Either way, Watson was fired three games into the season. Bledsoe demanded a trade. The locker room was aware of everything, and the culture couldn’t have been worse. Same with McDonough’s leverage in the organization.
May 2018: After the Suns won the 2018 NBA Draft Lottery, securing the No. 1 pick in the upcoming draft, Sarver made arrangements to scout Doncic in person. He invited Jones to Belgrade, Serbia, and a few days later, both attended the EuroLeague Final Four in person.
It was a curious decision to leave out McDonough if he truly enjoyed autonomy over the upcoming draft.
Did Sarver ask him to attend?
“No,” McDonough said.
“No comment,” he responded.
In a recent podcast appearance, McDonough implied things might’ve gone differently had he scouted Doncic in person. Sarver reiterated that he never interfered with McDonough’s draft-day autonomy during any of his tenure with the Suns; that Sarver personally scouted Doncic twice, and as acting GM, McDonough could’ve scouted Doncic on his own, whenever he wanted.
The difference in perspectives is staggering, and the shifting political winds at the time surely muted the one guy who knew best.
That would be Kokoskov, who knew that Doncic would be a breakout NBA star. He also felt the tension swirling around him. But coaching the Suns meant Kokoskov could work in Phoenix and join his family in north Scottsdale on a full-time basis. It was a dream come true on many levels, and he was not going to rock any boats.
During an interview with a Croatian website, Kokoskov was asked about his level of input regarding the 2018 NBA Draft:
“Unfortunately, I can’t answer this question because of the professional code,” he said. “But since you asked me, all I’ll say is that I’m sleeping peacefully and carefree.”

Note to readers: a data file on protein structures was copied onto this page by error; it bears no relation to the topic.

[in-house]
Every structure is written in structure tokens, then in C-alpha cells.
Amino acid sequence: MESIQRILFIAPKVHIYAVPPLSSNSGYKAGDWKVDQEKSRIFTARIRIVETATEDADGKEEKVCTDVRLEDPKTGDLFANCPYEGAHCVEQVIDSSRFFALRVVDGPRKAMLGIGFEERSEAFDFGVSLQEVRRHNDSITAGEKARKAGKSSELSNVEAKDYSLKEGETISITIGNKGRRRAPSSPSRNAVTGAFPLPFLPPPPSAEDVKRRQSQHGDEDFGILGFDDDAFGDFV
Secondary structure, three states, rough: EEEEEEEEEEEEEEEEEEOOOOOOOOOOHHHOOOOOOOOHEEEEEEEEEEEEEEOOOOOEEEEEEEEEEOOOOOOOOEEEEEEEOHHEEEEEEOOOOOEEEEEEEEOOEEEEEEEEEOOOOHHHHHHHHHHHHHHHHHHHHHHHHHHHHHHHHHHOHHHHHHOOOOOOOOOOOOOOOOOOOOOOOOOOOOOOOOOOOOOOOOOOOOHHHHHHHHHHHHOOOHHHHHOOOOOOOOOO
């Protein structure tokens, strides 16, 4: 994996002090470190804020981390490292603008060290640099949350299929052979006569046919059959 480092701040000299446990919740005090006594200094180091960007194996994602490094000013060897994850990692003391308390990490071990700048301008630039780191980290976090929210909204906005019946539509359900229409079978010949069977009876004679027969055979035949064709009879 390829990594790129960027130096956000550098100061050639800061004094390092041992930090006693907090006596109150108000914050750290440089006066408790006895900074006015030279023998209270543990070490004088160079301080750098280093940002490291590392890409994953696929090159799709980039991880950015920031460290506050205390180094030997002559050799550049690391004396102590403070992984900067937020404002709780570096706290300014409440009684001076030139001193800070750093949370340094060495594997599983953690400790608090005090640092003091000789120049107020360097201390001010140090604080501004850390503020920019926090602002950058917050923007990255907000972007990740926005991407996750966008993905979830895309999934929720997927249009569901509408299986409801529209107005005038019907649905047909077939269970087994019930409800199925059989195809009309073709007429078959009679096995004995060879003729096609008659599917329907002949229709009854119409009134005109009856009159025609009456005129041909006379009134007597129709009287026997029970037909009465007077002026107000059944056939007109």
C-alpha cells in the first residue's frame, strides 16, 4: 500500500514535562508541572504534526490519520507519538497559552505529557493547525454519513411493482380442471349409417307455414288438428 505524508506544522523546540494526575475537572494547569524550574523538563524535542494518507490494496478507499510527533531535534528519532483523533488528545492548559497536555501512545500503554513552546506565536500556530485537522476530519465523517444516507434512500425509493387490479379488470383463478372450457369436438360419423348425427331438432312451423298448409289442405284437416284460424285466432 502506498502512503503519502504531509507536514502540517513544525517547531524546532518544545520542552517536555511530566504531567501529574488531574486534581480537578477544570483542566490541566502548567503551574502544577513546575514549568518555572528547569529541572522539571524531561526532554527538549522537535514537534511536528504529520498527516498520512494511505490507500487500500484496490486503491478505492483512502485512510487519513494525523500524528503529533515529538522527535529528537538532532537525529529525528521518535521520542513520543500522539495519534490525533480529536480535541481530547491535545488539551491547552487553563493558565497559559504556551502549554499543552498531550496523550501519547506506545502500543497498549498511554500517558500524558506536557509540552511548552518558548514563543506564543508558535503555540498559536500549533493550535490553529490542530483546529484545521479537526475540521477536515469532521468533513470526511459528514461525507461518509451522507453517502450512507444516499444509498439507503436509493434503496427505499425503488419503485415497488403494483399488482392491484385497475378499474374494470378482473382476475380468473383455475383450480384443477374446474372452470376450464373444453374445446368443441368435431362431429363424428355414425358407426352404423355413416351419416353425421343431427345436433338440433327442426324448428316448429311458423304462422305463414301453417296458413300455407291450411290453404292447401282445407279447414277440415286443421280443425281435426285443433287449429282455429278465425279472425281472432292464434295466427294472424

August 2020: Two years later, the two general managers who passed on Doncic have both been fired. Doncic has become the breakout star of the NBA’s bubble. Meanwhile, the Suns posted an 8-0 record during the NBA’s restart, missing the postseason but providing fresh energy for the future and showcasing their own breakout star in Devin Booker.
In the end, maybe the Suns and Mavericks can both have nice things.
Still, it’s nearly impossible to watch Doncic dominate against the NBA’s best defenders and not wonder what could’ve been. He and Booker would’ve formed the best backcourt in the NBA. Judging by the Mavericks’ success, the Suns would’ve been instant contenders in the Western Conference.
Ayton can also soothe the regrets and shift the narrative considerably, but only if his temperament grows commensurate with his talent. Along the way, the Suns also netted a new GM in Jones, who has methodically changed the culture in Phoenix.
Jones has had his share of gaffes, to be sure. But no other GM has ever convinced Sarver to spend so handsomely on a pedigreed head coach. No other recent GM has inspired tweets from the locker room, from players who yearn to stay in the Valley on a long-term basis.
But for a fan base that lost Kareem Abdul-Jabbar to a coin flip, it’s a hard fate to swallow. No team was better equipped to understand and select the rare talents of Doncic. Alas, no organization was more primed to blow it entirely.